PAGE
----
In their twenties and early thirties, Indigos usually fall into one of two groups.
The first group follows a “yuppie” path and creates affluence, usually through a career in IT or the Arts. They seek stable relationships and to have children and create families. But they battle with the demands and norms of the systems of marriage, family and employment. Their Indigo souls strive to express their essence and remain true to who they are while still achieving “success” as dictated by our culture.
The second group opts to “drop out”, and often the individuals travel extensively, becoming a “global citizen” and battling to settle in any one place. These people often have no fixed career or work, and live an alternative lifestyle that includes drugs. While they often claim to be happy, they are also frustrated by their inability to be able economically to pursue the “normal” activities of creating a family and contributing to a community.
Both groups are attempting to redefine what it means to be an adult in the contemporary world, and to find ways of living their truth while still finding happiness and stability as adults. They are the generation that is defining new choices and new options for adult life on the New Earth.
Systems Busting – Indigos and the Education System
The area of community life where Indigos have had the most effect is the education system. As mentioned earlier, Indigos are mostly right-brainers who are energetic and active. They dislike sitting still for long periods, being told what to do and being bored by repetitive tasks that fail to challenge them. Since this generally defines the school experience, it is obvious that Indigos will have problems and will cause problems.
The right-brain orientation means many indigos struggle to maintain interest and focus in a school curriculum designed for left-brain activity. Their need to express their energy in movement and to relieve their boredom means they are restless and can be disruptive. When they begin to fall behind their peers, they can become stressed and anxious.
The usual diagnoses given to Indigos are ADD (Attention Deficit Disorder) and ADHT (Attention Deficit Hyperactivity Disorder), which are regarded as “minimal brain dysfunction” disorders by medicine. The parent needs to choose between defining their child with a pathological label, or accepting that the child represents the next step in human evolution, and neither needs nor wants to spend 6 or 7 hours a day sitting behind a desk being told what to think.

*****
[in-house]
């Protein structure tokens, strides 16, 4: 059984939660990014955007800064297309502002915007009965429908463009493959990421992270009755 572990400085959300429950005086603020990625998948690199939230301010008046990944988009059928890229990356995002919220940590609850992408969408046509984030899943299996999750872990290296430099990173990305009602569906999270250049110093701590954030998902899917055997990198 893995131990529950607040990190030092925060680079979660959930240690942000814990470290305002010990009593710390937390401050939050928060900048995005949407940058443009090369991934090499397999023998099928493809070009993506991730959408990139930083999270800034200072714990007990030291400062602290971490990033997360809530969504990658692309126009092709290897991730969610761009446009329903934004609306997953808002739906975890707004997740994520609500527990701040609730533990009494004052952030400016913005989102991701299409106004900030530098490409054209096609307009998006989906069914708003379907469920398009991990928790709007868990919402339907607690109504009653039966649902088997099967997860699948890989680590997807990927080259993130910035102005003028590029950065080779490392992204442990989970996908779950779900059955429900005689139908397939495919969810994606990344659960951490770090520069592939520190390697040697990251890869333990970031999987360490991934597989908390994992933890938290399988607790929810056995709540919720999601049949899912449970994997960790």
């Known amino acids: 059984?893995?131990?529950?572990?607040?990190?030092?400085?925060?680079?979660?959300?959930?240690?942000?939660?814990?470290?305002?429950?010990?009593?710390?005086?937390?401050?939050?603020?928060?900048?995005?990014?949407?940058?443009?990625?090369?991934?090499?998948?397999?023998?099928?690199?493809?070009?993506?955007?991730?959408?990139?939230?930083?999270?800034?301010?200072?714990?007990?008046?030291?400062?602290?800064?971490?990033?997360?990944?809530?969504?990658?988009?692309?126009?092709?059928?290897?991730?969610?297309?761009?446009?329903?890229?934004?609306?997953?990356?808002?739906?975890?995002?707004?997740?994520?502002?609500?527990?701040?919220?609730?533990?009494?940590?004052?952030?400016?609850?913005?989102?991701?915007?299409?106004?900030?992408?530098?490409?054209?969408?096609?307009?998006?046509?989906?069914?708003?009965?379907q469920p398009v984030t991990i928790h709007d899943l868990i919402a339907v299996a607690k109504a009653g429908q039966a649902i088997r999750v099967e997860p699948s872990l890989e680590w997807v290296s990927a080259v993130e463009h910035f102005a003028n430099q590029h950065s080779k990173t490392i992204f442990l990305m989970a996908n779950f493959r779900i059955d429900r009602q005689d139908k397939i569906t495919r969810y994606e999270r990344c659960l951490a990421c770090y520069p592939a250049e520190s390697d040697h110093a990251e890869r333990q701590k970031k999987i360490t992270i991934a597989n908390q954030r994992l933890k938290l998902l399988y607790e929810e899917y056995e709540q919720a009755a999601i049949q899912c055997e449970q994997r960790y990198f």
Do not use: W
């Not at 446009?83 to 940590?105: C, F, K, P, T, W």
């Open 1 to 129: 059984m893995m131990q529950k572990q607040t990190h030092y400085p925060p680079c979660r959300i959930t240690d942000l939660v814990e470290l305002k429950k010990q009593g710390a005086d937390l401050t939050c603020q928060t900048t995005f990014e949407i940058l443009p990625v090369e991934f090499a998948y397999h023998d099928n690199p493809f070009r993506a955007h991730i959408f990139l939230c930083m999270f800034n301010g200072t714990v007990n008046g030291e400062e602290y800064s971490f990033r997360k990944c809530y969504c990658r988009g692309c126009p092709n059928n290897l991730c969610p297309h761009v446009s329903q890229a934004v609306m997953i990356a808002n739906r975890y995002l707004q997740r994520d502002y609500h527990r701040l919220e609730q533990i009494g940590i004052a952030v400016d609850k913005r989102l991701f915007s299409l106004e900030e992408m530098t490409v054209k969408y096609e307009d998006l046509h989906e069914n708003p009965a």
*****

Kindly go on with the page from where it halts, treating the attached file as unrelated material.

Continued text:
Lets face it – the school system is dated and dysfunctional. Schools were originally designed to educate the children of the upper classes, who had the wealth and time to devote to mental pursuits as a sign of their superiority. Gradually, in the 19th and early 20th century, education became universal.
But what does the school system really do? Most Indigos agree that what is taught in school is rarely relevant to real life. It confines them to mental or “head” experience, and most Indigos want real life experience to be their teacher.
In addition, sitting behind a school desk for 6 hours a day is seen as no more than training to sit behind and office desk for 8 hours a day or more, and most Indigos have no interest in that life path.
Modern school classes in South Africa usually consist of 30 or so children and one teacher. The system functions because the children agree to be controlled by the teacher. However, as more and more Indigos say no, the system begins to falter.